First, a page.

Have any of you ever encountered Constantin Brâncuşi’s Romanian pieces of modern art? Two days ago while going about my daily rounds about the worldwide artweb, I saw this picture of a remarkably stunning minimalistic sculpture. Clad in a golden hue and oriented like a vertical spire, it was an attention-grabbing artwork I just had to blog about. In the early 1920’s, I believe the original first work, “Pasărea în văzduh” was created. That very same sculpture came up at auction last 2005 and demanded the high selling price of over twenty million dollars. Today his series of sculptures under the known name “Bird in Space” is well spread out across the globe. Australia’s National Gallery, the Peggy Guggenheim Collection (Italy) and the Philadelphia Museum of Art are just some of the places that house his works of bronze and marble.
What’s amazing about this series of works is how movement is visually captured in a static field of presence. Brâncuşi ‘s unique depiction of his subjects allowed for their artistic beauty to be derived from an alternate source rather than mere physical beauty or symmetry. He posed the notion of dynamic life in his body of works. To showcase this, he made people see a different side of the subjects, encompassing their existence as a visual purpose. Flight, movement, speed and distance can all be felt from one look at his majestic creations. Aside from being a colleague of the famous Marcel Duchamp (The Fountain), Brâncuşi was able to even change the outlook on fine art in the United states customs department when an late 1920’s issue regarding customs inhibited the dignity of his art pieces momentarily. A lot of people supported Brâncuşi and he eventually won out the favor of society after an appeal. This was the very first non-representational abstract sculpture to be considered as a type of art by the government bodies involved.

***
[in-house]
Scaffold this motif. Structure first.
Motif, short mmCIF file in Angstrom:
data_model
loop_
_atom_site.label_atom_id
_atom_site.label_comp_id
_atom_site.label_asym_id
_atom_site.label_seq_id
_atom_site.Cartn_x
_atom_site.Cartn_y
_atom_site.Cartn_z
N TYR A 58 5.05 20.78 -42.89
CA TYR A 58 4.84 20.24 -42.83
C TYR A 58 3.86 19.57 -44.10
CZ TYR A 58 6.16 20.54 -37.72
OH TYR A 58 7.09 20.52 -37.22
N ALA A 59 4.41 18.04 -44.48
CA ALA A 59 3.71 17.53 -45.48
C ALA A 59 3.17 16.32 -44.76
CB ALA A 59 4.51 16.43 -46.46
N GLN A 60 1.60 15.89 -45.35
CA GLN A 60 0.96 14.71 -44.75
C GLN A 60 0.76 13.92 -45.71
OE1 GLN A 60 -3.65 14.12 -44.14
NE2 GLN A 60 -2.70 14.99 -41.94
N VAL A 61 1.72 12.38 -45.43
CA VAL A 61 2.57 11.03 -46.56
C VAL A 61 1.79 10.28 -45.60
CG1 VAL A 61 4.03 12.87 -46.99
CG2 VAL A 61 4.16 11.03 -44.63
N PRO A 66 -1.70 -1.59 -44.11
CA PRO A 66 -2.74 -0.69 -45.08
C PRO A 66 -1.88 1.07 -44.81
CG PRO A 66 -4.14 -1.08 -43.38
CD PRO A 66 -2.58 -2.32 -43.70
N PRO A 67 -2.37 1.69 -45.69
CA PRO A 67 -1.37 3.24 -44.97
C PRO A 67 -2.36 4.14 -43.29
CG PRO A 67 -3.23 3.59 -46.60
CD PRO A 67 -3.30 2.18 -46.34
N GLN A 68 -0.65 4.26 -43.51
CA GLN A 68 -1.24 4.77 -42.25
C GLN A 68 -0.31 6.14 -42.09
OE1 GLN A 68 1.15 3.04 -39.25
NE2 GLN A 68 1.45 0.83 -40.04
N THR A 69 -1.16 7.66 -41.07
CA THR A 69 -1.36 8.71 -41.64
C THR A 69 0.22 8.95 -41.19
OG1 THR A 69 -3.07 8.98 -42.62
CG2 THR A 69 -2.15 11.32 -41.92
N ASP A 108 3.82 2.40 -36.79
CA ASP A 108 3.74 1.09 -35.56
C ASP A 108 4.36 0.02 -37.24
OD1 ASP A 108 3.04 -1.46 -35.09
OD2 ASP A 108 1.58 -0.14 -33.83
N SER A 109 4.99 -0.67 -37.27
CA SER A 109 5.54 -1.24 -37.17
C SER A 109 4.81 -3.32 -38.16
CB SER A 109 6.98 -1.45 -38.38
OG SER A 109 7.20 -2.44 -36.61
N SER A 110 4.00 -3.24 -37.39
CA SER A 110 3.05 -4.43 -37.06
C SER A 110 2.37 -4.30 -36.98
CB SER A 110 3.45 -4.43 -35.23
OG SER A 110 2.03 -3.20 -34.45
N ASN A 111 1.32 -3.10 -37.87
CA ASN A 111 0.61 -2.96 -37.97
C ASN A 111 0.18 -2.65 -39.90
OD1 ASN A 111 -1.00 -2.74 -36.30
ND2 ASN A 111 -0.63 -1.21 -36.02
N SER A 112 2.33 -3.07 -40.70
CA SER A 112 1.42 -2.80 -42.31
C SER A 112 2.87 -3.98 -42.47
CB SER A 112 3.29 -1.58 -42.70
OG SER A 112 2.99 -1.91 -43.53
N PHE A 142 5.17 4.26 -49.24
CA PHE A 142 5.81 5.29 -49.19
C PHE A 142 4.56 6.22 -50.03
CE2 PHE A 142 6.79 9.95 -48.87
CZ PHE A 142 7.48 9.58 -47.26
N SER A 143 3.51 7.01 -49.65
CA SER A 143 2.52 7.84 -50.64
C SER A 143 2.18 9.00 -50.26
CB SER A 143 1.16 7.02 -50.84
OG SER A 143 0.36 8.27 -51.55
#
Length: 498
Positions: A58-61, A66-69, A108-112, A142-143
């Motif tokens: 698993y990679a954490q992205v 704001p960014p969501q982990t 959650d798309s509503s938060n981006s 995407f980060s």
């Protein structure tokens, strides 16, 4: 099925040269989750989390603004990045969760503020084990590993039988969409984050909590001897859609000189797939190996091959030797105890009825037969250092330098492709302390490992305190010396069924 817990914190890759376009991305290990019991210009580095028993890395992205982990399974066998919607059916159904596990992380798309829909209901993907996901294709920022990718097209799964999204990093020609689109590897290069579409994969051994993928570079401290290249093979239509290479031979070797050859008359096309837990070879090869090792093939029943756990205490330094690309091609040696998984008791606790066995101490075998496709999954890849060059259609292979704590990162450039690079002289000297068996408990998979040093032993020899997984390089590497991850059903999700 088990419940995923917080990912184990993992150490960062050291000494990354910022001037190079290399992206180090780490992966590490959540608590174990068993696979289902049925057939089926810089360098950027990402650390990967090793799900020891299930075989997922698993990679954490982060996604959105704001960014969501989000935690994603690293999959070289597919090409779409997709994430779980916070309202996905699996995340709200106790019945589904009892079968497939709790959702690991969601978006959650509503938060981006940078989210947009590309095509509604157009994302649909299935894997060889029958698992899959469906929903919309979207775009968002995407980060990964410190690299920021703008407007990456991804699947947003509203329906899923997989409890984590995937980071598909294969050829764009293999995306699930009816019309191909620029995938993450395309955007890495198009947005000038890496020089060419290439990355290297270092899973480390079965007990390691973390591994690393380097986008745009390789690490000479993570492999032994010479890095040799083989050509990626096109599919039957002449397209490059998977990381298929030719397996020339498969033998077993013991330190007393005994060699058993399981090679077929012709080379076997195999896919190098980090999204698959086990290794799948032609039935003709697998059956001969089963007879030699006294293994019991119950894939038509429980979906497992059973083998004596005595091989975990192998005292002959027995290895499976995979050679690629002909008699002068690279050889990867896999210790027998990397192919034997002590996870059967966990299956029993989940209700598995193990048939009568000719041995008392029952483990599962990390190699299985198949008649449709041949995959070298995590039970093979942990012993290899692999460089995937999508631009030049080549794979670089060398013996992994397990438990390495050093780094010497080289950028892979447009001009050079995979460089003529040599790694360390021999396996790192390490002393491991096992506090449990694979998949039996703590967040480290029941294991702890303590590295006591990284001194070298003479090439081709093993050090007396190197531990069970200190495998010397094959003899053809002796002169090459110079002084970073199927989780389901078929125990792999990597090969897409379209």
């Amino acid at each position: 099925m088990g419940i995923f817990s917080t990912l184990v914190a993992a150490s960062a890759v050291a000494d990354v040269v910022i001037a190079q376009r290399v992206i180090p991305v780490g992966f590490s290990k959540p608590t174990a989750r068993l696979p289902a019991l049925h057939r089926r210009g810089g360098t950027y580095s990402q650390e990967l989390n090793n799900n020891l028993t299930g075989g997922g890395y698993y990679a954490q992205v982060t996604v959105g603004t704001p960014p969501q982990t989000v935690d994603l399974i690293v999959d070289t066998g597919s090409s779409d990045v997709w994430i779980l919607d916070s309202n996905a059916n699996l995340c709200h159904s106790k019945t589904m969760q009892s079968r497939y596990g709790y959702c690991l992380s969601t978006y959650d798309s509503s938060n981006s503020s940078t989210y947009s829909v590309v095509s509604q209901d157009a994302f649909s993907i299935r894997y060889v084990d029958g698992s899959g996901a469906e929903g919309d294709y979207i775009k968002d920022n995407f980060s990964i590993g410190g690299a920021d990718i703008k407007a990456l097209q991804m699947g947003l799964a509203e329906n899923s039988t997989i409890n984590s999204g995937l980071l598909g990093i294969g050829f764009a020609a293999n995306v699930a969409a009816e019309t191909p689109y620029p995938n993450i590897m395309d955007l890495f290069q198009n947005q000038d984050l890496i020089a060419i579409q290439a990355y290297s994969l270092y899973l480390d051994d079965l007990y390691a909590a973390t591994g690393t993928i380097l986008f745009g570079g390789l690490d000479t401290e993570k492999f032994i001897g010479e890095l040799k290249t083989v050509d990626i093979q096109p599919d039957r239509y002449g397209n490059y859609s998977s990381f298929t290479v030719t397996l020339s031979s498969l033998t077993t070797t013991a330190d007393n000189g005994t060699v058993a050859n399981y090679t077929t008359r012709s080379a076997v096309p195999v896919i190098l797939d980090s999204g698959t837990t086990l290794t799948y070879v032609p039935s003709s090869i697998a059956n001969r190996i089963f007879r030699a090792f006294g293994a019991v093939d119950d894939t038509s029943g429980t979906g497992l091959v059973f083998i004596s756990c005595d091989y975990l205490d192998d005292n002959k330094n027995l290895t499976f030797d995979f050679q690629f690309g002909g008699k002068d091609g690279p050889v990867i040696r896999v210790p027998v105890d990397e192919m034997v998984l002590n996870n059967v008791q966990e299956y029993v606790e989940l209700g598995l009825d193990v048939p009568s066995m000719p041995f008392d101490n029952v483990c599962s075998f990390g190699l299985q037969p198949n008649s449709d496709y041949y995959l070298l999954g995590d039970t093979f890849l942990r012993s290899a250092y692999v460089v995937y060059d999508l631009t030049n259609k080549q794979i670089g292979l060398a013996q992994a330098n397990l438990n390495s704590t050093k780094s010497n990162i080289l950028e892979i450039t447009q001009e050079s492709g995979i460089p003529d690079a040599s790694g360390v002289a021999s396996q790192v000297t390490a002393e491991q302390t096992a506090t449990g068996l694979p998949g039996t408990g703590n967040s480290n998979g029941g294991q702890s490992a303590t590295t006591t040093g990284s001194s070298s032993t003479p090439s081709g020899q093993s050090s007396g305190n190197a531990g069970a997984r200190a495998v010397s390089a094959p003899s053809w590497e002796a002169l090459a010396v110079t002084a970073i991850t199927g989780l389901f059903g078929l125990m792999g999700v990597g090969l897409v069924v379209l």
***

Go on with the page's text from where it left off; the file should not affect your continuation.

Photography credited to Dennis Irrgang
Sculpture by Constantin Brâncuşi